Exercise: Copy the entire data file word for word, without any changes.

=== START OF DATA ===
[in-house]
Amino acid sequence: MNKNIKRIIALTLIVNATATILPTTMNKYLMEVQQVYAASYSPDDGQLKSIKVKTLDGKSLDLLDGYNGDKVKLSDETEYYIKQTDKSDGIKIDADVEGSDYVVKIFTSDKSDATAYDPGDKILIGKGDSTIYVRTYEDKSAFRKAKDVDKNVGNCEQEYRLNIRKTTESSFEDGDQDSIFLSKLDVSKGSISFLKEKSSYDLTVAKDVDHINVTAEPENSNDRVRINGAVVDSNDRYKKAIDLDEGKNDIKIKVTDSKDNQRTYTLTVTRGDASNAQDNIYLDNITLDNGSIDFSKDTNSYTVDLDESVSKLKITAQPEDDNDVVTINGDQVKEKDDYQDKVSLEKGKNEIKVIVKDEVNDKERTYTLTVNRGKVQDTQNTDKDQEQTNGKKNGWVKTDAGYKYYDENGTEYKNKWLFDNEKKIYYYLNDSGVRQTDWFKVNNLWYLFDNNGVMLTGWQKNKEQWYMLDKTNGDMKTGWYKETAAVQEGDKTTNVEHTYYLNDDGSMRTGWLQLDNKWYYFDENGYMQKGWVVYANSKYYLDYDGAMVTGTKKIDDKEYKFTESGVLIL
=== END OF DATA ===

[in-house]
Amino acid sequence: MNKNIKRIIALTLIVNATATILPTTMNKYLMEVQQVYAASYSPDDGQLKSIKVKTLDGKSLDLLDGYNGDKVKLSDETEYYIKQTDKSDGIKIDADVEGSDYVVKIFTSDKSDATAYDPGDKILIGKGDSTIYVRTYEDKSAFRKAKDVDKNVGNCEQEYRLNIRKTTESSFEDGDQDSIFLSKLDVSKGSISFLKEKSSYDLTVAKDVDHINVTAEPENSNDRVRINGAVVDSNDRYKKAIDLDEGKNDIKIKVTDSKDNQRTYTLTVTRGDASNAQDNIYLDNITLDNGSIDFSKDTNSYTVDLDESVSKLKITAQPEDDNDVVTINGDQVKEKDDYQDKVSLEKGKNEIKVIVKDEVNDKERTYTLTVNRGKVQDTQNTDKDQEQTNGKKNGWVKTDAGYKYYDENGTEYKNKWLFDNEKKIYYYLNDSGVRQTDWFKVNNLWYLFDNNGVMLTGWQKNKEQWYMLDKTNGDMKTGWYKETAAVQEGDKTTNVEHTYYLNDDGSMRTGWLQLDNKWYYFDENGYMQKGWVVYANSKYYLDYDGAMVTGTKKIDDKEYKFTESGVLIL